It has been twenty years since Corsair's first retail products hit the shelves and the company has undoubtedly come a very long way since then. What started as a small memory manufacturer is now a major global supplier of advanced computer components and peripherals. Today is the dawn of a new era for Corsair, as the company announced the establishment of their own gaming brand. The new division has been christened "Corsair Gaming", and with the name comes a new department and logo. The focus will be on the development of high performance gaming peripherals.

Alongside the announcement of their new department, Corsair is also releasing several new products, with the much-anticipated RGB keyboards being among them. The company dropped the "Vengeance" series name and the new keyboards are just called by the brand name and model. That means we're now looking at the Corsair Gaming K70 RGB (and not the keyboard formerly known as Vengeance K70 RGB or some variation on that theme).

This keyboard has probably had more hype between its announcement and release date than any other keyboard in the history of humankind. Ever since the first demos of the keyboard found their way into pictures and videos back in January, there have been myriad rumors about the capabilities of the keyboard and the new Corsair Utility Engine (CUE) software. Some people even suggested that this is "just a Vengeance K70 with RGB LEDs", which could not be further from the truth. The truth is that the new Corsair Gaming K70 RGB introduces many new functions and far greater customizability than any previous Corsair mechanical keyboard.

Today we finally have a chance to go hands-on with the shipping hardware. Join us as we examine the keyboard, its capabilities, and the new CUE software.

Packaging & Bundle


We received the Corsair Gaming K70 RGB in a well-designed, attractive cardboard box, capable of providing more than enough protection during shipping. Inside the box is a minimalist bundle of just a few leaflets and a full size wrist rest. The wrist rest has a corona-treated surface that gives it a soft, comfortable rubber-like feeling. Corsair apparently ditched the extra set of contoured, textured "gaming" keycaps that we saw supplied with the Vengeance K70 and the Vengeance K60. As we mentioned in several previous articles, very few (if any) gamers would actually swap keycaps before gaming so Corsair understandably realized that this was little more than an unnecessary extra cost.

The Corsair Gaming K70 RGB Mechanical Keyboard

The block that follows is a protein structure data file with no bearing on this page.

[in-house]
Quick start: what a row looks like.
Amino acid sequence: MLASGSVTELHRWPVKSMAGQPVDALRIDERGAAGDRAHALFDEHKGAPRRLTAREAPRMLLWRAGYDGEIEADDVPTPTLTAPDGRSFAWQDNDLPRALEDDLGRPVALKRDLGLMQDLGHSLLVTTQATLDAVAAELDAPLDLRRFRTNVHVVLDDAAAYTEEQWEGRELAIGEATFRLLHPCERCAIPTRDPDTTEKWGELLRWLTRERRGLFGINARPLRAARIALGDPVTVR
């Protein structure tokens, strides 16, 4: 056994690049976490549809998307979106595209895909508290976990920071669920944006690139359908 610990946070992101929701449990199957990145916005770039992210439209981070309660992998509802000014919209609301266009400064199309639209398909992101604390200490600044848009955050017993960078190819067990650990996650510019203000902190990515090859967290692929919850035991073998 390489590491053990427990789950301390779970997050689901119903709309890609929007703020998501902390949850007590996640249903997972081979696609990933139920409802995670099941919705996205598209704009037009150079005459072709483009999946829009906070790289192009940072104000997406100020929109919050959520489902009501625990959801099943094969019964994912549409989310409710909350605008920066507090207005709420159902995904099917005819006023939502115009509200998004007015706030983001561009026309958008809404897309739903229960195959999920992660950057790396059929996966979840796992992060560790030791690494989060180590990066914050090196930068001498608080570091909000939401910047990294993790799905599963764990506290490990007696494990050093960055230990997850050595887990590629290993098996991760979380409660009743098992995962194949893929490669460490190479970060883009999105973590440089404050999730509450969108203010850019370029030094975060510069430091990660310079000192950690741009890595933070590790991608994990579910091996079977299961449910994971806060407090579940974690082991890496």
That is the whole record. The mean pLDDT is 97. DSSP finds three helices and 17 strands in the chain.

View All Comments

  • DanNeely - Monday, September 22, 2014 - link

    "From a purely practical point of view, the Corsair Gaming K70 RGB is extremely easy to clean, as a simple blow can remove all debris from the aluminum surface of the keyboard."

    I can't say that flipping and blowing has ever failed to clean the crud out from under standard keyboard for me. Likewise, wiping the tops of the keycaps clean has been easy on every keyboard I've owned. However, I've never seen one that made it easy to clean the sides of the keycaps once they accumulate a layer of grime (presumably traces of skin oil gluing down dust). That's nearly impossible to get at effectively without dismantling the keyboard; and popping keycaps off is always a pain.
  • Calin - Monday, September 22, 2014 - link

    I had a cleaning kit with a specially shaped sponge (flat but with ridges spaced apart at keys height: ____/\______/\______/\__ ). It worked perfectly on cleaning the lower (user facing) sides of the keys, and worked ok for the display facing sides, when moving it from left to right with the ridges between rows of keys. It didn't work very well for the left and right sides though, as it didn't fit well in the spaces between columns of keys though. Reply
  • Wixman666 - Thursday, September 25, 2014 - link

    Old toothbrush and some Windex works awesome for that. Reply
  • Ilias78 - Monday, September 22, 2014 - link

    Please bring back Dustin Sklavos and his reviews. Sorry E. Fylladitakis, but your writing simply isnt good. I have read pretty much all of your work so far and you simply havent improved in this past year that you have been writing here. I dont think that you are suited for the job. Sorry, but thats the impression that you give me every time i read your reviews. Reply
  • Essence_of_War - Monday, September 22, 2014 - link

    Dustin works for Corsair now... Reply
  • Impulses - Monday, September 22, 2014 - link

    Jeez, tech companies need to stop using Anandtech writers as a talent farm... :p Reply
  • Kaboose - Monday, September 22, 2014 - link


    "the Corsair Gaming K70 RGB leaves us no room for complains"

    Just poor writing.
  • Essence_of_War - Monday, September 22, 2014 - link

    I will grant that "complains" vs. "complaints" is a copy-edit miss, but that is hardly "poor writing". Reply
  • Tetracycloide - Saturday, September 27, 2014 - link

    "Great writers are easy to spot because their spelling and grammar are perfect."

    -Some idiot on the internet once.
  • Sabresiberian - Monday, September 22, 2014 - link

    There is this thing. Ir's called a "typo". It means a word was unintentionally misspelled.

    Which is hardly poor writing. One might question the editing/review process, but that has nothing to do with the overall quality of the writing.

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